I was walking through a small village on the Camino one afternoon—enjoying and appreciating all the beauty—when I noticed several villagers going about what looked like just another day. I wondered what it was like for them to live in such a magical place, to be surrounded by all this beauty day after day. Do they still see how extraordinary it is? Or are their eyes so accustomed to the beauty that it becomes dull and mundane?
As for me, there was nothing dull or mundane about my Camino. It was as if I looked at life, at myself, and the world through a different lens…one that made every encounter meaningful, every moment magical, every experience inspiring. Was everything really so significantly different or were my eyes different?
It dawned on me that traveling brought forth a very different mindset; I was looking for the beautiful, I was expecting the miraculous. But we don’t have to travel a great distance to experience and appreciate the many gifts our life and world have to offer. We can witness beauty on our way to work. We can get inspired in our back yard. We can be touched by someone we see day after day. We simply need to take notice. Because beauty doesn’t fade…it is our eyes that are fading.
Watching the villagers reminded me of the experiment the Washington Post conducted in 2007. The newspaper placed a fiddler at a major Washington DC metro station and asked him to play the violin while reporters observed and recorded by-passers’ response to the music. In the 45 minutes that the fiddler played, more than 1,100 people walked by, but only seven (!) stopped for at least a minute to enjoy the performance. When asked upon exiting the station, many people didn’t even recall their path crossed a musician, only a few feet away.
But the musician, that fiddler dressed in jeans and t-shirt, was Joshua Bell, one of the best violinists in the world. Typically, Bell’s talents are appraised at up to $1,000 a minute. That day at the metro, playing an incredibly difficult piece on one of the most valuable violins ever made bought Bell a total of $32.17 in donations.
In the concert hall, people are willing to pay $100 to listen to Joshua Bell. They listen very attentively to the phenomenal virtuoso, because they expect nothing but sheer brilliance. But that day at the metro, Bell, whose music was once said to do “nothing less than tell human beings why they bother to live”, didn’t draw even a fraction of attention. Because people were too busy to listen.
When we expect the beautiful, the beautiful prevails. When we anticipate the magical, the world is filled with magic. When we assume the extraordinary, it is right here, in front of our eyes. We can choose to be more attentive—we can choose to look at every day and every encounter with fresh eyes. Because, if we are completely oblivious to the fact that we just walked by one of the finest musicians of our time, if we don’t see left or right, if we’re always connected and dozens of stimuli fight for our mind’s attention at any given moment—is there more that we’re missing?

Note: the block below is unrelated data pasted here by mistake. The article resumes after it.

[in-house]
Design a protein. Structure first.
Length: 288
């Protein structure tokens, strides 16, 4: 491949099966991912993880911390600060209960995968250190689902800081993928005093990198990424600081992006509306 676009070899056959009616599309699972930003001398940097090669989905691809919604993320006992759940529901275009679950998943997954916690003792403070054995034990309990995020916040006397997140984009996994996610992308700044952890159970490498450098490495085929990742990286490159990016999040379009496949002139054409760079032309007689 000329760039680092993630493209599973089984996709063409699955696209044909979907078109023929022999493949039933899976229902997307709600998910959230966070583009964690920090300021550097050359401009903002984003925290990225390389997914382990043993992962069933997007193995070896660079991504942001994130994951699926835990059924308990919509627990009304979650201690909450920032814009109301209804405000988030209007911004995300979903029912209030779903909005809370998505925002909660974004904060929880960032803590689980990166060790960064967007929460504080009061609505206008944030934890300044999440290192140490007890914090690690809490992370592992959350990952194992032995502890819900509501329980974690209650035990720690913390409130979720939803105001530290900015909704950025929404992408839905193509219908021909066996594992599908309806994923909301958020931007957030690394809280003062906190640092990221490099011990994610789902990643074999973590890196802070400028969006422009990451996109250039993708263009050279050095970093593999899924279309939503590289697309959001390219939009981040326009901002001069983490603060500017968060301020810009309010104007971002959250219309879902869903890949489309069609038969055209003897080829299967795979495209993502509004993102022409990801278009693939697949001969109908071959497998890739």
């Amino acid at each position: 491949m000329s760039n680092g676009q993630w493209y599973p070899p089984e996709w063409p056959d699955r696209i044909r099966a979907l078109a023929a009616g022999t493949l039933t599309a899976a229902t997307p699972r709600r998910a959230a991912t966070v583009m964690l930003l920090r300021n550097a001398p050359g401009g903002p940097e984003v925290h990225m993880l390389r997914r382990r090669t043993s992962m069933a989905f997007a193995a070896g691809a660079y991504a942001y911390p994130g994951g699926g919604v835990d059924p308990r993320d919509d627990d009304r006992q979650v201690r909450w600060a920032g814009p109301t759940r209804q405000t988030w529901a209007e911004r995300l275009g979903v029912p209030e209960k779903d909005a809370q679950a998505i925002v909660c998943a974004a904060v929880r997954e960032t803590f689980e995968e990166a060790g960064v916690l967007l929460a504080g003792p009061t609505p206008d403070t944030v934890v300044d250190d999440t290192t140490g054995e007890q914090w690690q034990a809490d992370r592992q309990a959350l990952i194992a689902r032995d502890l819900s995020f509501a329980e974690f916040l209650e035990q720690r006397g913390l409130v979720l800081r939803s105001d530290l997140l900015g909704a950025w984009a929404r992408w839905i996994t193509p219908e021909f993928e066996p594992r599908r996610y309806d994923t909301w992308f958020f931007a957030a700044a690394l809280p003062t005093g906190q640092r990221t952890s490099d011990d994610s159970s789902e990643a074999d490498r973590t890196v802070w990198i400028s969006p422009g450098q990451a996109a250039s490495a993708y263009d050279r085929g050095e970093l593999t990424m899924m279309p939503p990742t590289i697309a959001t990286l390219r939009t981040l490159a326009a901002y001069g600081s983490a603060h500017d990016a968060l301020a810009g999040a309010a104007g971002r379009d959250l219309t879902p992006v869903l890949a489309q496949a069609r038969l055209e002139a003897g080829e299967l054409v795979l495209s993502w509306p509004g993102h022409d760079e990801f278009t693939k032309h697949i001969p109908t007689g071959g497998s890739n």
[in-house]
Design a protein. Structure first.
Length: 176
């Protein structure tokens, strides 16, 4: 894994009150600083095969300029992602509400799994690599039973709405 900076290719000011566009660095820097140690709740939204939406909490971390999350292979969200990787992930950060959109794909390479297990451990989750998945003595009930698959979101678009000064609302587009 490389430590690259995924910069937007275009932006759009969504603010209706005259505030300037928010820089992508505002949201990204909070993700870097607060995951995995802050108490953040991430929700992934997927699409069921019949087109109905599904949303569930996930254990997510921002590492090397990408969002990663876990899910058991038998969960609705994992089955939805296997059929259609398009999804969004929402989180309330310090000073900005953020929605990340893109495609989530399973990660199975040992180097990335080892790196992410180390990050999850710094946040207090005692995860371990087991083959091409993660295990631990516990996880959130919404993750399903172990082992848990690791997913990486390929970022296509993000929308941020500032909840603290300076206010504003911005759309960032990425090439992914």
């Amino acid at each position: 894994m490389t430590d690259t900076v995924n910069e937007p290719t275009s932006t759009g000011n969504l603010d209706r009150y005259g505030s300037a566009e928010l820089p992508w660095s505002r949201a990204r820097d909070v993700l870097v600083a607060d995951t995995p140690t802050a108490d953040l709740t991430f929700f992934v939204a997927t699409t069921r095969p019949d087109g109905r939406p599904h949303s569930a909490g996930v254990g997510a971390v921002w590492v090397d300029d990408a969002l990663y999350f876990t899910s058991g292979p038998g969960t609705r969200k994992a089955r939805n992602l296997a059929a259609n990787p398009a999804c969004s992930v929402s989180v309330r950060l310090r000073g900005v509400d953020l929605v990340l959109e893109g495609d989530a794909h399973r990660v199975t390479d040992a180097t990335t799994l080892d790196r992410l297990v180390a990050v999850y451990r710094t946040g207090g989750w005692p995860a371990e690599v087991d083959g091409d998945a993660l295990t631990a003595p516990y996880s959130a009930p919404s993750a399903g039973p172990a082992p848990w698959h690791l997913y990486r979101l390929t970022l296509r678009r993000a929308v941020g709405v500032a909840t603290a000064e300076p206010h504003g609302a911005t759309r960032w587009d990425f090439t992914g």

In this modern, technological era—where our eyes are so tired they get blind, our minds are so cluttered they’re saturated, our hearts are so neglected they become numb—we need to make time for beauty and inspiration. We need to prioritize our desire to be moved by people and by our experiences. People who get sick or face the risk of losing a loved one instantly develop this mindset. They lose the sense of the mundane and find inspiration in the littlest things. Their eyes are open, because their circumstances make them realize that there’s nothing that should be taken for granted. It is a choice, a priority, a decision that we all do or don’t make.
We can have a world-class violinist play in the middle of a busy metro station, and we can bypass him without ever knowing that he or his music existed. And by doing so, we confine ourselves and the world we live in to a smaller and smaller box.
We need to be in the mind to notice. And we know we can do that, because our eyes fill with wonder every time we travel to a far-off land or watch the world through the eyes of a child. Every time a child walked by Bell, they tried to stop and watch. But every time, they were pushed by their parents to continue.
We can live life in great wonder through the excited eyes of a traveler or a child, or we can let life pass by with tired eyes that had seen it all. To really get in the habit of appreciating life, we need to make time for life. We need to allow ourselves to be moved by the wonders of this world. And we need to assume it is no less than miraculous and extraordinary. Because magic and beauty abound.